Doggie daycare to open in Middlebury

BRETT POLLINGER, SEEN here with a group of happy pups, is preparing to open a second “Woof Pack” dog daycare & boarding service off Route 7 South in Middlebury.
Photo courtesy of Brett Pollinger

MIDDLEBURY — Brett Pollinger has been around dogs all his life.

His mom, Dr. Dru Ann Pollinger, retired last year after a 40-year career as a veterinarian in the Fair Haven area.

“I didn’t have a choice as a kid; we loved animals,” Brett chuckled during a recent interview. “We grew up with Scottish deerhounds. My parents would raise them and show them. We had the vet office. And we would take in tons of animals that people brought in because they saw them wounded and didn’t want them.”

Brett decided to follow in his mom’s footsteps, to a certain degree. While he doesn’t dispense medical care, he and his employees watch, play with, feed and ensure the wellbeing of scores of dogs at Pollinger’s current business, called Woof Pack. He established it in 2015 at 799 Route 22A North in Fair Haven.

Now Pollinger is preparing to launch a second Woof Pack doggy daycare and boarding center in Middlebury, in the former Vermont Field Sports building at 1458 Route 7 South. The town has OK’d the Woof Pack application, and Pollinger anticipates the business will open on June 1 to provide dog daytime supervision, overnight boarding, training, baths, toenail clips and pet advice.

The Middlebury location will serve up to 75 dogs per day, and as many as 20 at a time for overnight boarding.

Why target the Addison County’s shire town for Woof Pack expansion? Two reasons, according to Pollinger.

“I have always had a fondness for Middlebury,” he said, calling it a “quintessential Vermont town” with some “great restaurants” and “a lot of great, outdoorsy dog owners.”

And on the practical side, it made great business sense, he noted.

“There’s really nothing right now (in dog daycare) between Pittsford and Vergennes,” Pollinger said. “That’s surprising, because you have a big dog-service need in the Middlebury area.”

With an already thriving Woof Pack in Fair Haven, Pollinger could afford to sit back and wait for the right spot to open up in Middlebury. His Fair Haven location has been ideal: A 2,200-square-foot HQ that stands adjacent to the Fair Haven Animal Hospital. Behind it lies a 2-acre, fenced play yard for the animals to romp.

“Having an outdoor area for them to let loose and really run makes a big difference,” he said, noting many urban animal daycares don’t have such an amenity.

Pollinger last year found out about the former Vermont Field Sports building and thought it showed great promise. Connections to municipal water and sewer, a convenient drop-off location with plenty of parking and a building that can — with minor upgrades — provide comfortable digs for dogs. But the clincher was the option of a half-acre, fenced dog play area along the south side of the building. Pollinger noted well-exercised dogs are happier dogs, and content dogs are less likely to bark — which doesn’t figure to be a major complaint, given the dearth of residential housing in the area.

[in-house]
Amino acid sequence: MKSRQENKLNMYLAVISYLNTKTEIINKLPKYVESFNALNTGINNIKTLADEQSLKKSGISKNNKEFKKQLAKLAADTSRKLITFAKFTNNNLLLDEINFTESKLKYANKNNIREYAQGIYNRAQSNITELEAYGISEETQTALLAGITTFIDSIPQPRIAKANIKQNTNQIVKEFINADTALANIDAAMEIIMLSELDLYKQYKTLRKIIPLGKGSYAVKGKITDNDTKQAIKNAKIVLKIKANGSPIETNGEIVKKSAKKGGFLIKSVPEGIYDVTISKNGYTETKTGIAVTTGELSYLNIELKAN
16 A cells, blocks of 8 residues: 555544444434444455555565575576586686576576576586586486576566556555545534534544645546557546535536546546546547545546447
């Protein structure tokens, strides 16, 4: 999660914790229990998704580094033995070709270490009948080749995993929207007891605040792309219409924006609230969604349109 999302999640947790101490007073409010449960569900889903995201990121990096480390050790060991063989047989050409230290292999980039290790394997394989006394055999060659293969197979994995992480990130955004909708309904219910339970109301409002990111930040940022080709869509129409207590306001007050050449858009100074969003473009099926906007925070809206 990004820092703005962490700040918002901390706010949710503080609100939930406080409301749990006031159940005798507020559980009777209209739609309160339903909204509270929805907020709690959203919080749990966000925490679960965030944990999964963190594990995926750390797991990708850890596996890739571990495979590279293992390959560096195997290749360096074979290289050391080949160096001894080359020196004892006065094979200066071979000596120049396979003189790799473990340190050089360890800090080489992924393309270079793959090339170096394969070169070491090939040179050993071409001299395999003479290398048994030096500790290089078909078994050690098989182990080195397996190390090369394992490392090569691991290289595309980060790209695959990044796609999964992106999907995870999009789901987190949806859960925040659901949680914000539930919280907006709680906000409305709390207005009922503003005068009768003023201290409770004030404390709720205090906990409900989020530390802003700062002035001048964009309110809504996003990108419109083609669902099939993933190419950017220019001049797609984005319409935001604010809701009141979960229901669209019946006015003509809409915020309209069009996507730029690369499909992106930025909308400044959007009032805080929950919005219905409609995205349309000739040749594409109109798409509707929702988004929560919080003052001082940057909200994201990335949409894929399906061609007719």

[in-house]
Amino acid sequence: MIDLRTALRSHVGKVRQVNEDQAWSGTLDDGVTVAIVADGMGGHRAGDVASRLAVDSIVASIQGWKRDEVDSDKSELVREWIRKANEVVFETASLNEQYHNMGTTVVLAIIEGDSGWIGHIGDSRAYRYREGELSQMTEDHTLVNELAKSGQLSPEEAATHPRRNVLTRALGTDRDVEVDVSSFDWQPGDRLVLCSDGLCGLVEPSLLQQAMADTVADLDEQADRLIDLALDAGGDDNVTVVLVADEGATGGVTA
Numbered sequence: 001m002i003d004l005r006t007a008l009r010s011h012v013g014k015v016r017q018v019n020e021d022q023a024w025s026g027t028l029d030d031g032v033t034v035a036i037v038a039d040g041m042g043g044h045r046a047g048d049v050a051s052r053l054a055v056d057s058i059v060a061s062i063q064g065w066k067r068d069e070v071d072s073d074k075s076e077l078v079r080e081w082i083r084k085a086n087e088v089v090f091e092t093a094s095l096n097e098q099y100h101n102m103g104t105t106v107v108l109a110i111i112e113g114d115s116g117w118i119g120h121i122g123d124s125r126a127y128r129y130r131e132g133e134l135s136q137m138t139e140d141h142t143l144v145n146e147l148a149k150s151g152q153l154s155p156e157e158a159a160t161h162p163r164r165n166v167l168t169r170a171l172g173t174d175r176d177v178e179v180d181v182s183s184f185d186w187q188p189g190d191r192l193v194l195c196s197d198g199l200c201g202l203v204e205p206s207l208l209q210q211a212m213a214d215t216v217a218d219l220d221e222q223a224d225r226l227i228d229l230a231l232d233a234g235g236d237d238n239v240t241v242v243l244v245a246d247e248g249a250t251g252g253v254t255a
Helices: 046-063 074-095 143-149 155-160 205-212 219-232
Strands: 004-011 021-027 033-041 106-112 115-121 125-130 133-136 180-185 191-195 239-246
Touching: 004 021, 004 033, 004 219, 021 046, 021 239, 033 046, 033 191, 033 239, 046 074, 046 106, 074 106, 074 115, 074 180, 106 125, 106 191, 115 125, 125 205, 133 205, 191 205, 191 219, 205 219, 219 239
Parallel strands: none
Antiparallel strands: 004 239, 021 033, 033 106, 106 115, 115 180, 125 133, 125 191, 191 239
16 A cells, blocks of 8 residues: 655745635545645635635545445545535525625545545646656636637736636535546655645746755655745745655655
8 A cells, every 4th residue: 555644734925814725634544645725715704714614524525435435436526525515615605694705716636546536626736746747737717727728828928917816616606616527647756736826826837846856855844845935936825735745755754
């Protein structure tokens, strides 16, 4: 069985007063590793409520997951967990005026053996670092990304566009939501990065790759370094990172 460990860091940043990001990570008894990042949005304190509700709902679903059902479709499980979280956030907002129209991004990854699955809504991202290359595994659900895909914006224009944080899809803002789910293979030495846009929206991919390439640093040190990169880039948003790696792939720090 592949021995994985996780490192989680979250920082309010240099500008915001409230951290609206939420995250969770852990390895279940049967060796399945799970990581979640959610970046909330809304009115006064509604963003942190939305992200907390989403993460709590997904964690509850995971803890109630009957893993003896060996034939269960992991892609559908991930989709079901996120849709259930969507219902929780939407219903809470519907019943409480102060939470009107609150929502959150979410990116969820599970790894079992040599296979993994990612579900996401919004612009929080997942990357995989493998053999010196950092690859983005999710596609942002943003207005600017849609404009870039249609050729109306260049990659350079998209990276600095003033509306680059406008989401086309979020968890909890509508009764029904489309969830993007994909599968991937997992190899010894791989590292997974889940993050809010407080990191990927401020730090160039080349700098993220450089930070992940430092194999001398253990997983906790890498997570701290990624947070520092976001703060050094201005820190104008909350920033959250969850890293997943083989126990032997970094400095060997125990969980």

No changes are planned for the exterior of the new Woof Pack home. Outdoor lighting will be installed and used when daylight is at a premium during the winter.

Woof Pack in Fair Haven has 10 employees, and Pollinger wants an equal number in Middlebury. Staff need to be K-9 CPR-certified, as well as being helpful, caring and weather-tolerant.

And another important quality:

“You can’t be afraid of poop,” he said, noting staff are asked to keep a lookout for issues ranging from parasites to Legos that deserve follow-up by the dog’s humans.

Plans call for Pollinger to begin vetting prospective four-legged customers of his Middlebury Woof Pack in April and May. He’ll do that through a series of meet-and-greets involving the dog applicant, its owners, Pollinger and his interview team, made up of his six personal dogs.

“I have black labs and golden retrievers, and they are different ages and personalities, and they’ll root out any nuance that I don’t pick up on,” he joked. “But they are a microcosm of the groups we have (at the daycare). They’re really the interviewers.”

There are some cases — about one out of every 10 dogs — when an interviewee doesn’t pan out, according to Pollinger.

“There are no bad dogs,” he stressed, “but some of the rescues bring in a history of being in some tough spots and have been through some bad experiences and the social setting is over-stimulating to them.”

Woof Pack will charge $35 per day for daycare and $60 per night for boarding. More details about Woof Pack can be found at Pollinger asks prospective Middlebury clients to set up a meet-and-greet by calling 802-265-8386.

Reporter John Flowers is at [email protected].

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